As I write this, the sun is coming up, again. It doesn’t look the same as yesterday; today is grayer, however, the light still comes.
I’ve been considering the time that has passed. The 25 days I spent with my family recently wasn’t necessarily or primarily chronological time. Particularly the time with my children, spent in incredible challenge and joy, was beyond time – a depth of time that distorts the mere passing of days.
I don’t really know how to explain it; I have lived this wonder before. The weeks I spent with both my Mom and my Dad when they were dying was an extravagant gift. The days went by with little recognition of the actual date or day of the week or time of day. Events of each day were both quotidian and sacred: waking up, making meals, physically caring for the most basic needs of another. Nothing that happened would qualify as noteworthy to a casual observer, yet, each moment held an abundance of extravagantly giving of ourselves that is evidence of how precious our lives are together. That same sense of Presence, a holy presence of each other and of an Eternal Presence, permeated the time I most recently spent with family in pain, uncertainty, and uncompromising joy in love.
The Eternal Presence expands the idea of time as past, present, and future conflated in each moment. God invites us to open our hearts to what spiritual writer Thomas Kelly calls “eternal now”—God’s eternal plan in each moment. Kelly writes,
But I am persuaded… there is a serious retention of both time and timeless, with the final value and significance located in the Eternal, who is the creative root of time itself. …The possibility of this experience of Divine Presence, [is] a repeatedly realized and present fact, and its transforming and transfiguring effect upon all life… Once discover this glorious secret, this new dimension of life, and we no longer live merely in time but we live also in the Eternal. The world of time is no longer the sole reality of which we are aware. A second Reality hovers, quickens, quivers, stirs, energizes us, breaks in upon us and in love embraces us, together with all things… We live our lives at two levels simultaneously, the level of time and the level of the Timeless. They form one sequence, with a fluctuating border between them. Sometimes the glorious Eternal is in the ascendance, but still, we are aware of our daily temporal routine. Sometimes the clouds settle low and we are chiefly in the world of time, yet we are haunted by a smaller sense of Presence, in the margin of consciousness.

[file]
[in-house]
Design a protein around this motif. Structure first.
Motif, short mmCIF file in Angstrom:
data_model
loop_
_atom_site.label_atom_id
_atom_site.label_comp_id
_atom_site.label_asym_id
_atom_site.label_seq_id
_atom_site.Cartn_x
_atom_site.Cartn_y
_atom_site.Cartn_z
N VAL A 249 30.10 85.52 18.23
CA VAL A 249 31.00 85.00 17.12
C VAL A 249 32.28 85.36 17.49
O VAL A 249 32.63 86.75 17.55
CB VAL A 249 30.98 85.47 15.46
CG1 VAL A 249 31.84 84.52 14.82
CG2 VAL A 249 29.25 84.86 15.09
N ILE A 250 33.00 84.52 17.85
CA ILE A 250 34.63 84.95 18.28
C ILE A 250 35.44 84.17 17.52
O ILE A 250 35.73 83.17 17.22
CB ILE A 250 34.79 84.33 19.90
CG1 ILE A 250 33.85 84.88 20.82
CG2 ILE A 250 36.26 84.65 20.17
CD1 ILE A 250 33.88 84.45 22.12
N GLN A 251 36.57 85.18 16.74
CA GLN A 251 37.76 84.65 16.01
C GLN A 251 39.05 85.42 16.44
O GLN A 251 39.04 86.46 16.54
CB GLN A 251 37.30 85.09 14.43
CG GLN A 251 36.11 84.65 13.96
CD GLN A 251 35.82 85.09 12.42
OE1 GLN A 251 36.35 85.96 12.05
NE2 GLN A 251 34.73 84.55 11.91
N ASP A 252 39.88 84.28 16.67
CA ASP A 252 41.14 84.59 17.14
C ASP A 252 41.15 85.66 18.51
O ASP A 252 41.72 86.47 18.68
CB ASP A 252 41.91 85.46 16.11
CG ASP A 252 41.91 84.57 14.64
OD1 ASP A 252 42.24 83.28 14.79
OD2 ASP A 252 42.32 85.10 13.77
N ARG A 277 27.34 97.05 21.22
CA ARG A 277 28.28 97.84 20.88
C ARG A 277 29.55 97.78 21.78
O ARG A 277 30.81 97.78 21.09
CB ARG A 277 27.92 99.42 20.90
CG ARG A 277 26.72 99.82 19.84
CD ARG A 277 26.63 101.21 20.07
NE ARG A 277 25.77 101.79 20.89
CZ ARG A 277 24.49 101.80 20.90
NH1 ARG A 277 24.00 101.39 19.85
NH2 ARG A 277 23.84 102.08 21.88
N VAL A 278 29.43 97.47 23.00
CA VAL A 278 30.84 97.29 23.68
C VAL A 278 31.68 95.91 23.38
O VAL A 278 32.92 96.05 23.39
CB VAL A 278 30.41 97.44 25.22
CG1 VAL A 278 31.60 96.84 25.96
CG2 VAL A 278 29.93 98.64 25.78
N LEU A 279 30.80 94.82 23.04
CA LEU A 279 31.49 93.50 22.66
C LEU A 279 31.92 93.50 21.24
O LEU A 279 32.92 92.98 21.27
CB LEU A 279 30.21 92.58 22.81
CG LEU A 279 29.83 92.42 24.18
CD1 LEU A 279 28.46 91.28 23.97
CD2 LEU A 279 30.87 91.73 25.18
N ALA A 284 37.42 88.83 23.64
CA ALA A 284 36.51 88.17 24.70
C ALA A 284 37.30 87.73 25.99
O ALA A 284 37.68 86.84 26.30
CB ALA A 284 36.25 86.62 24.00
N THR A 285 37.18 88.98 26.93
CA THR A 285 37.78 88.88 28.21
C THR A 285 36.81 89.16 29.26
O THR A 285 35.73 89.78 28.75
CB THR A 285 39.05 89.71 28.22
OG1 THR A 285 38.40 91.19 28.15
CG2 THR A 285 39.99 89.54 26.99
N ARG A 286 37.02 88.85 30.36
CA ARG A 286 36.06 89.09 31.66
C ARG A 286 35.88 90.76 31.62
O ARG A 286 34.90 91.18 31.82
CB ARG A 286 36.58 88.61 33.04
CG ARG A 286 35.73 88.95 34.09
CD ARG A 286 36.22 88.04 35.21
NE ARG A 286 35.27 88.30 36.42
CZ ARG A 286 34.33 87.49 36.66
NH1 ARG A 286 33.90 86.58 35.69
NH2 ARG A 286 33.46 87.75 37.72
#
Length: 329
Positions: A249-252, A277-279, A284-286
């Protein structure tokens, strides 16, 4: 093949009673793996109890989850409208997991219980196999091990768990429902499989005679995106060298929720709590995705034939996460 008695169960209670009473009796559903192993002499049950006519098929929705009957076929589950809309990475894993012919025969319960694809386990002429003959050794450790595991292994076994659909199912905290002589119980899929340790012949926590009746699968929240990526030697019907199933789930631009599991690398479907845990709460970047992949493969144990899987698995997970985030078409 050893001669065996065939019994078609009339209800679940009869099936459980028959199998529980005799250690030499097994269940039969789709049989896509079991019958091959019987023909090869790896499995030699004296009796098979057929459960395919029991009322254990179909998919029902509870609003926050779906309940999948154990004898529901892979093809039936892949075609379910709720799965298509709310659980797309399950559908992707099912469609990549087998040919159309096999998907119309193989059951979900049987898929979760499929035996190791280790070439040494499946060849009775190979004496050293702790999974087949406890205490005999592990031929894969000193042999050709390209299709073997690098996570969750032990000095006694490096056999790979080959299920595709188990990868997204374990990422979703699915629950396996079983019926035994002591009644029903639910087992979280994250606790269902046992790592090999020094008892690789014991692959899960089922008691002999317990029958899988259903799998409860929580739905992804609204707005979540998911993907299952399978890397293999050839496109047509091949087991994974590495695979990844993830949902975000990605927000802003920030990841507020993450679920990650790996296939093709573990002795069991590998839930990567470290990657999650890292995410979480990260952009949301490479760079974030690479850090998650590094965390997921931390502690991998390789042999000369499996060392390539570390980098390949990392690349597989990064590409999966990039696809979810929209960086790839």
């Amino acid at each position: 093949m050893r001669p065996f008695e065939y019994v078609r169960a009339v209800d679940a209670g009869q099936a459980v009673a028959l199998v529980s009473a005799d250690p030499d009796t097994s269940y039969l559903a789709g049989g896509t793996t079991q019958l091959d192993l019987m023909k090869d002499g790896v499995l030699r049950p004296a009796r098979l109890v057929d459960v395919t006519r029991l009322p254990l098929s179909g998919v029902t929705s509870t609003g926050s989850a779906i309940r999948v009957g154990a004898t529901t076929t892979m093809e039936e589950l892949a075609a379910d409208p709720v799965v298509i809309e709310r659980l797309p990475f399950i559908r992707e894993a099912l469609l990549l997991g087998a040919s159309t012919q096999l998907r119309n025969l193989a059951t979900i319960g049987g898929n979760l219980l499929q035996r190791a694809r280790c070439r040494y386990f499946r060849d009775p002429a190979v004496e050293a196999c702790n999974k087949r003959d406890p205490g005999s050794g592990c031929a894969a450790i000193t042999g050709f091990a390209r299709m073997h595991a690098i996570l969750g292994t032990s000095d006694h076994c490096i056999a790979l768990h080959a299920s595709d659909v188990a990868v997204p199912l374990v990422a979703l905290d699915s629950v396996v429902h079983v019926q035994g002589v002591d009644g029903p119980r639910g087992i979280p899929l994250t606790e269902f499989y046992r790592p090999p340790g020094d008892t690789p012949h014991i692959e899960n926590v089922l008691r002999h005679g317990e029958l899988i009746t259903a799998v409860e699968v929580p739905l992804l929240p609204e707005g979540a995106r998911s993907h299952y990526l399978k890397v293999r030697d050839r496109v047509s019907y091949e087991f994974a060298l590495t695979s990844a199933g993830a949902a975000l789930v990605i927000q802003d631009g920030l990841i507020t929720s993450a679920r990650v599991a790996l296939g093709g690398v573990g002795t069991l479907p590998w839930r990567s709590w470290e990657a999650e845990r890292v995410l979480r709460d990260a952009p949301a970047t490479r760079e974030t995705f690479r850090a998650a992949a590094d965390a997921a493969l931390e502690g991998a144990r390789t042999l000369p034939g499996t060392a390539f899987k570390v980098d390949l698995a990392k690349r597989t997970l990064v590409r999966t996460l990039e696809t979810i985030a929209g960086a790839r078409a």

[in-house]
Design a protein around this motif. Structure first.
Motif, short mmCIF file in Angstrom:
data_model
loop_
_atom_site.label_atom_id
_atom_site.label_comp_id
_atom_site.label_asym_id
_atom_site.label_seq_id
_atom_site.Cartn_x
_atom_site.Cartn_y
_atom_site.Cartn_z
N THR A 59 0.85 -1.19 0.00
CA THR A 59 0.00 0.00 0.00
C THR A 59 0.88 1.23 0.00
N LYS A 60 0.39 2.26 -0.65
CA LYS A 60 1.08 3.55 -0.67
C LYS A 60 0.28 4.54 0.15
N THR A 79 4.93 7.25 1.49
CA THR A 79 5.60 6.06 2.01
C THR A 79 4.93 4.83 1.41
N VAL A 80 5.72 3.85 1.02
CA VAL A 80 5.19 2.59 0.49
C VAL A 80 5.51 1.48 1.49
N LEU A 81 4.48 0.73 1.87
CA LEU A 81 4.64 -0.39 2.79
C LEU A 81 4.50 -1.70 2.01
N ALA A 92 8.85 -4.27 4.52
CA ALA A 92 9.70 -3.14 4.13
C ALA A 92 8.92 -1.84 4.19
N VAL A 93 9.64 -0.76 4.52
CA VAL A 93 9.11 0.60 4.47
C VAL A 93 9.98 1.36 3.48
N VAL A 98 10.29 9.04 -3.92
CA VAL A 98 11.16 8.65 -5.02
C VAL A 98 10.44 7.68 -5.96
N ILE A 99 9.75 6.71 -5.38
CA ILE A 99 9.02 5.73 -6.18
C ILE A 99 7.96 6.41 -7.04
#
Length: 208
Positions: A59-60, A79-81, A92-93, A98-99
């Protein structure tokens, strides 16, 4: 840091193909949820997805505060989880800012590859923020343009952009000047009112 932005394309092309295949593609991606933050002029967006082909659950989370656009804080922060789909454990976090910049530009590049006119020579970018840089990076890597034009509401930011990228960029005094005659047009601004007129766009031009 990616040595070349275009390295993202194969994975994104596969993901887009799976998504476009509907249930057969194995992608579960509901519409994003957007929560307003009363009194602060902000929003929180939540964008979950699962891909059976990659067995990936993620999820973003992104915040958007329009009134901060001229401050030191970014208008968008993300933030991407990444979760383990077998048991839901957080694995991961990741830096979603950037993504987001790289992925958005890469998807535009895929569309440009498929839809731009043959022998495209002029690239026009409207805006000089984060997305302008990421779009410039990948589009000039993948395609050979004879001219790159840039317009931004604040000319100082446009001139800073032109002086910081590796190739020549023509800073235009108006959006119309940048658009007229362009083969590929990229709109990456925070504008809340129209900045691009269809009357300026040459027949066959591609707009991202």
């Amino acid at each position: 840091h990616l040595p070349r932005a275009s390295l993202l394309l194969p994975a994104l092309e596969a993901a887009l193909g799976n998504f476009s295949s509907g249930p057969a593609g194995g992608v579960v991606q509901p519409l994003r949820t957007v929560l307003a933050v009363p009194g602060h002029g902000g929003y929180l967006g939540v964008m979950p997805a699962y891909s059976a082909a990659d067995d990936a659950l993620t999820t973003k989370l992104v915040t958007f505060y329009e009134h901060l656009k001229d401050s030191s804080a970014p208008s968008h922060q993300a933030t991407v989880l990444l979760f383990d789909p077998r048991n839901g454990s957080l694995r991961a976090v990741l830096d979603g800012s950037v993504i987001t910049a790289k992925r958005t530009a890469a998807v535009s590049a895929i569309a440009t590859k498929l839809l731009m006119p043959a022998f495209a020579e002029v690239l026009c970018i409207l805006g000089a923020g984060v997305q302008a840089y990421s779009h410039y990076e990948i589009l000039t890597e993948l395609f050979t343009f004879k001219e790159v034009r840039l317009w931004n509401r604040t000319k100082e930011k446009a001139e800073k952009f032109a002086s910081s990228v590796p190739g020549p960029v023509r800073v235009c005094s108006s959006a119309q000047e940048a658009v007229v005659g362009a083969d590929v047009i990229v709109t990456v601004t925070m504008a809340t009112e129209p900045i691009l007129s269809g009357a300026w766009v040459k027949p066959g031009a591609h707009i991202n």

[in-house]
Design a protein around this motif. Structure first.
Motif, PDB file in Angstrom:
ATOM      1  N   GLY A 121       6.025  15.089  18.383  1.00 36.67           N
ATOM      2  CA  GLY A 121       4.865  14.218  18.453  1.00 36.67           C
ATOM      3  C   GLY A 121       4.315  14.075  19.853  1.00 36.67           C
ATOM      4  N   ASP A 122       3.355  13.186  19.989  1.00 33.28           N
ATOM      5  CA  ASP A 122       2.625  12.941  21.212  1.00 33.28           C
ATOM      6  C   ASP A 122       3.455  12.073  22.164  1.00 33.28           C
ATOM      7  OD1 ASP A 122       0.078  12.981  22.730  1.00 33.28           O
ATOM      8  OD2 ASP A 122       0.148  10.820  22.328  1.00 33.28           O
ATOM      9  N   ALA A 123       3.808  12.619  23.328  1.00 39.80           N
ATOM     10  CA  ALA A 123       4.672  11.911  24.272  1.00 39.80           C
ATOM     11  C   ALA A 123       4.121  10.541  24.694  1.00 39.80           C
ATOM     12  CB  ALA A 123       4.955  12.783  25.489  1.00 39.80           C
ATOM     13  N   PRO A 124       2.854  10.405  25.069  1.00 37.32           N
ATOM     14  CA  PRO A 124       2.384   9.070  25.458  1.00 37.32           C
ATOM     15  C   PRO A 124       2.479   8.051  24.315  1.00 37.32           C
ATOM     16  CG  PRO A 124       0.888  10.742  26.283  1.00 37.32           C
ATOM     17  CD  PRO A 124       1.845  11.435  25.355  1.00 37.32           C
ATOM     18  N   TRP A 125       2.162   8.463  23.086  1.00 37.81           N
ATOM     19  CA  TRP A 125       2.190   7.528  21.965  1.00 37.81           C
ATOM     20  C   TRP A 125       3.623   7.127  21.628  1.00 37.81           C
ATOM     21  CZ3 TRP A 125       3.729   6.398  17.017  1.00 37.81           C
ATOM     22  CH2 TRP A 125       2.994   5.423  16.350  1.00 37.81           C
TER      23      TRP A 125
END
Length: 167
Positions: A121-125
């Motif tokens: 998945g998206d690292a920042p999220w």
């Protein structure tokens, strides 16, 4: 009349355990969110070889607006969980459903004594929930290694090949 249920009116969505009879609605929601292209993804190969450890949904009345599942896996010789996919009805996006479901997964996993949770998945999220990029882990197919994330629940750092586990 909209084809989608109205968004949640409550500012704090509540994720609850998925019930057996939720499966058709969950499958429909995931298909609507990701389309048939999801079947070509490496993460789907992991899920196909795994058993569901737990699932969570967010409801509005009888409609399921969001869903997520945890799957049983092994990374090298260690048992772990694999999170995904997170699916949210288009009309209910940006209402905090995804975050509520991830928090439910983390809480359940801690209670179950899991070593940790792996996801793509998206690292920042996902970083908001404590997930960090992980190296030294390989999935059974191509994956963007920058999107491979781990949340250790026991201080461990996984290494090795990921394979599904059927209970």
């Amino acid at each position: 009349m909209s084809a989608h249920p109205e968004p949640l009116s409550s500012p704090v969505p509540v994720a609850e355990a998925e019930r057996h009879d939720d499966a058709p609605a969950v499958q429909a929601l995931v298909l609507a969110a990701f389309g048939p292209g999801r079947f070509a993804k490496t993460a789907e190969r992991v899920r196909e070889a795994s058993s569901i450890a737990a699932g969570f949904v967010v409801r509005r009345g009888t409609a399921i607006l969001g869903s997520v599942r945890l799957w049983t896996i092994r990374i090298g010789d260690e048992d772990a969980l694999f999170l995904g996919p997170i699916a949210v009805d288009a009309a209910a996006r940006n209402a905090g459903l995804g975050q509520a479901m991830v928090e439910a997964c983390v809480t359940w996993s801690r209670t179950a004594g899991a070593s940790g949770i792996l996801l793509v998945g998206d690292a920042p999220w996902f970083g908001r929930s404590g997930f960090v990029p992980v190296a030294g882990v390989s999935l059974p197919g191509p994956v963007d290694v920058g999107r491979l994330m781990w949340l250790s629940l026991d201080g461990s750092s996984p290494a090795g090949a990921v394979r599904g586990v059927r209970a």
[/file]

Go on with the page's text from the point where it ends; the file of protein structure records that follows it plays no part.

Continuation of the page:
So this reimagined time is how we live, not thinking so much of this one moment yet being fully present in only this moment.
After he came home from a three-day evaluation at Betty Ford Center, my son said he wished things could go back to normal—but there is never the same normal again, as we build relationships and experience in this eternal now. And I have also longed for some kind of settledness or sense of normal and realize that being present- in whatever is – is my life.
Do you remember the movie, Groundhog Day? The main character, Phil, lived the same day over and over. He came to know in his body and spirit what would happen. The result was that he was able to change how he responded to people in each moment he’d lived before. He remembered an old classmate’s name, he actually listened to an elderly lady at breakfast, and he stopped to play with neighborhood children in the snow. In doing so, Phil changed how he was in relationship with the people whom he reluctantly encountered for what he thought was one inconsequential day.
We can’t know like Phil did who would step off the curb into icy water or who would need his affirmation or how his work colleague’s hopes and dreams could be sensed, but I can be more present, recognize possibility, affirm and confront appropriately – not reactively but lovingly. I can be in time with others, with the beauty of the sunrise and even be in the pain in ways that are beyond time.
I spent probably 6-7 hours making meals and freezing them for my pregnant daughter and her husband. I was totally immersed and invested in the creativity, the care, and the craft of making those meals that would provide good quality food and ease in the coming days. It was an act of love and while I was exhausted, especially after cleaning up all the mess, it was a good use of time, that extended time, and was and gave a gift of time.
I also spent too much time yesterday invested in trying to rescue, protect, and manage the lives of the people I love.
Today the sun came up and it is bright, bringing light and warmth to this new day. I have a new opportunity to choose how to be in it—to live my life at two levels simultaneously, the level of time and the level of the Timeless.